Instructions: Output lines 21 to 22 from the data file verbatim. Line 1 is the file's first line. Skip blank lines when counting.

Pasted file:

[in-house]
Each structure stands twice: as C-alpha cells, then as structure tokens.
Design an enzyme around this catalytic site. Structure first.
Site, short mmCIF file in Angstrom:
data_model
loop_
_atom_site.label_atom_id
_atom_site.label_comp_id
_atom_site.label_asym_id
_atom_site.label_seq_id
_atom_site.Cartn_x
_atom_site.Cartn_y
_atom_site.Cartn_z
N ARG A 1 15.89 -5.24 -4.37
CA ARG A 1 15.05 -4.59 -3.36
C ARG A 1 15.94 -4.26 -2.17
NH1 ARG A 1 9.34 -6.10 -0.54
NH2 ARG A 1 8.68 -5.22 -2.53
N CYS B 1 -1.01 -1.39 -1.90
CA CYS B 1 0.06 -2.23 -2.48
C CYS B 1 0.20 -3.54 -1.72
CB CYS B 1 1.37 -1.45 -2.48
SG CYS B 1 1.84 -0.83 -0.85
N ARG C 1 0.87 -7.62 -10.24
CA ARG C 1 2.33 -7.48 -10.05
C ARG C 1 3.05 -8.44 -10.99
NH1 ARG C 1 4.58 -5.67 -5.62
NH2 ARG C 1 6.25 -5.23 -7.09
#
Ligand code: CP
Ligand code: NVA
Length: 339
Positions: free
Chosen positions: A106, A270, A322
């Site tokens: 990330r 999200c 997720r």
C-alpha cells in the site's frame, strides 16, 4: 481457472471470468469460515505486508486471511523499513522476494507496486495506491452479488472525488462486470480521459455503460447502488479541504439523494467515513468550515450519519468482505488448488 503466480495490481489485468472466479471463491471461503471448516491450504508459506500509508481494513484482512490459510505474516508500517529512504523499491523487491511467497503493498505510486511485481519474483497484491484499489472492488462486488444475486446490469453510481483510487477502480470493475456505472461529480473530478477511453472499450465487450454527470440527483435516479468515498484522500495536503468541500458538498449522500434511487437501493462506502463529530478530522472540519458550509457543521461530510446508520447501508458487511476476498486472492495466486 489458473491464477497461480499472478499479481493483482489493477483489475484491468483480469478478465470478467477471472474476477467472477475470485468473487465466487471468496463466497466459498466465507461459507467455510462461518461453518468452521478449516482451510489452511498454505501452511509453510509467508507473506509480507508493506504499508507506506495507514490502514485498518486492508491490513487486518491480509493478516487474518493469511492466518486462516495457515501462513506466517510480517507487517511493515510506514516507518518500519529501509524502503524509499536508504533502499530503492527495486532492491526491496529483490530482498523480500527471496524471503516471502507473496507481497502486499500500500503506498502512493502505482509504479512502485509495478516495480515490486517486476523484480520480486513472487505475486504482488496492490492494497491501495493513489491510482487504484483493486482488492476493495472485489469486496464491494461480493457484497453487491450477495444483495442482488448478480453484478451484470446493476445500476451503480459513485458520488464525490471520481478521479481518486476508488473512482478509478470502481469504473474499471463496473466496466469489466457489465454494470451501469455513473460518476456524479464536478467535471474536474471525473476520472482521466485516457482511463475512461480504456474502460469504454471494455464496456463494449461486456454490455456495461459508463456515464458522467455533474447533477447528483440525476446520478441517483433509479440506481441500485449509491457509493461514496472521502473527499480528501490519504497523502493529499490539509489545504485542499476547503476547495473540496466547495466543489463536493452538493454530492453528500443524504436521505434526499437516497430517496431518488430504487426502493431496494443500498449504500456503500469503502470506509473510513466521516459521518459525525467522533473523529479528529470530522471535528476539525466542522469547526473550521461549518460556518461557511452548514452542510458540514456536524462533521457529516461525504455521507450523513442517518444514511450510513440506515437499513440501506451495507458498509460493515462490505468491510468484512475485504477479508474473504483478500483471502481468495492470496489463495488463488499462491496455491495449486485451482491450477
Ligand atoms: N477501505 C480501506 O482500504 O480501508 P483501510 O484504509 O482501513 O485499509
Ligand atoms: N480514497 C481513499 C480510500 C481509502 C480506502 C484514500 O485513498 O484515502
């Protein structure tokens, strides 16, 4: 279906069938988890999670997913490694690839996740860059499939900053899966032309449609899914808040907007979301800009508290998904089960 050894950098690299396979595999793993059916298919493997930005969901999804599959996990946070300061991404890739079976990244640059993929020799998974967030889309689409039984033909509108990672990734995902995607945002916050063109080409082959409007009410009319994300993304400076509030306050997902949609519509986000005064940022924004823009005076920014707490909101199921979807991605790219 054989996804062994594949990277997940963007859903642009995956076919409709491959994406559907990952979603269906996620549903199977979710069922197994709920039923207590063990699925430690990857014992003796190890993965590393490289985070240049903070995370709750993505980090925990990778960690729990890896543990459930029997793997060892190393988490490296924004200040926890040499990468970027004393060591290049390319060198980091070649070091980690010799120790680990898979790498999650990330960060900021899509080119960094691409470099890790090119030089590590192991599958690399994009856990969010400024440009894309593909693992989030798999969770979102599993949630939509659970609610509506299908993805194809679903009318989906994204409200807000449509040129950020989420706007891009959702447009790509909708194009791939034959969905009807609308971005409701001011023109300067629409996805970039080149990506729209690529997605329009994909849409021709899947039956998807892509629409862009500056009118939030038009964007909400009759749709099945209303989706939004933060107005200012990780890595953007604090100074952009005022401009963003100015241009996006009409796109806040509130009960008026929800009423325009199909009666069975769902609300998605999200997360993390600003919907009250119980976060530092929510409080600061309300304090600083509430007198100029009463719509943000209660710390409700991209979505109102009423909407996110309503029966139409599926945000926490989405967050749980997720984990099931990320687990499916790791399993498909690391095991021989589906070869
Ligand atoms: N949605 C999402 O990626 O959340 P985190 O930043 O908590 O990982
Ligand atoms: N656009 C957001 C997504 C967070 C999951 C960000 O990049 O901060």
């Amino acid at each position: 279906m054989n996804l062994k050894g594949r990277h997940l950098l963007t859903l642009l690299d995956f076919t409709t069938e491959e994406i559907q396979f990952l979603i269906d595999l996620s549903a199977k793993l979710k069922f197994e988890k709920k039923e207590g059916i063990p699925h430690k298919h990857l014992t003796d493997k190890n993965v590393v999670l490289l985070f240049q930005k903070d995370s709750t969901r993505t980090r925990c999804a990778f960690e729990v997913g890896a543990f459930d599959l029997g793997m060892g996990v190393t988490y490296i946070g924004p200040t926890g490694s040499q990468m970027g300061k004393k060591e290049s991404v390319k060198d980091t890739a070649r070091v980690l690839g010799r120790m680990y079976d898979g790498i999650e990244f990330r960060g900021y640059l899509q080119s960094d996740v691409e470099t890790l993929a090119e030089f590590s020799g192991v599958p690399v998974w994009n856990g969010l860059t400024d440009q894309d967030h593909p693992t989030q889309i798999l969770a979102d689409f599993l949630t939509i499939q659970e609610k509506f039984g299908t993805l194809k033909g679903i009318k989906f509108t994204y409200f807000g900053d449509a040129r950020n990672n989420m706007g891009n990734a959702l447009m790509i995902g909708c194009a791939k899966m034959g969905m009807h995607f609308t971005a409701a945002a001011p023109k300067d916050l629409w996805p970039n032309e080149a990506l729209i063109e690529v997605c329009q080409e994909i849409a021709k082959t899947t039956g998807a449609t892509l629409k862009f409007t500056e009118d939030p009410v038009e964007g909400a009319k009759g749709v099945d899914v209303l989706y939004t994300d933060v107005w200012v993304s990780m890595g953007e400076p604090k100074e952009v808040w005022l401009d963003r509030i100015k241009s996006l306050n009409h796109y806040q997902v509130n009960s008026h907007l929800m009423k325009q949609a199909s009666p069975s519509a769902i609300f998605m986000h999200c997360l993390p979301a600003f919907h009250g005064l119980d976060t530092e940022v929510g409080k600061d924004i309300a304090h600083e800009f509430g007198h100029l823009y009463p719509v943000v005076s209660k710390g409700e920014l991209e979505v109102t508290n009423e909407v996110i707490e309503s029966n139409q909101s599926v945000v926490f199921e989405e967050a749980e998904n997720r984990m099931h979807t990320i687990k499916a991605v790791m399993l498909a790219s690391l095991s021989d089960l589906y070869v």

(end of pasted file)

C CYS B 1 0.20 -3.54 -1.72
CB CYS B 1 1.37 -1.45 -2.48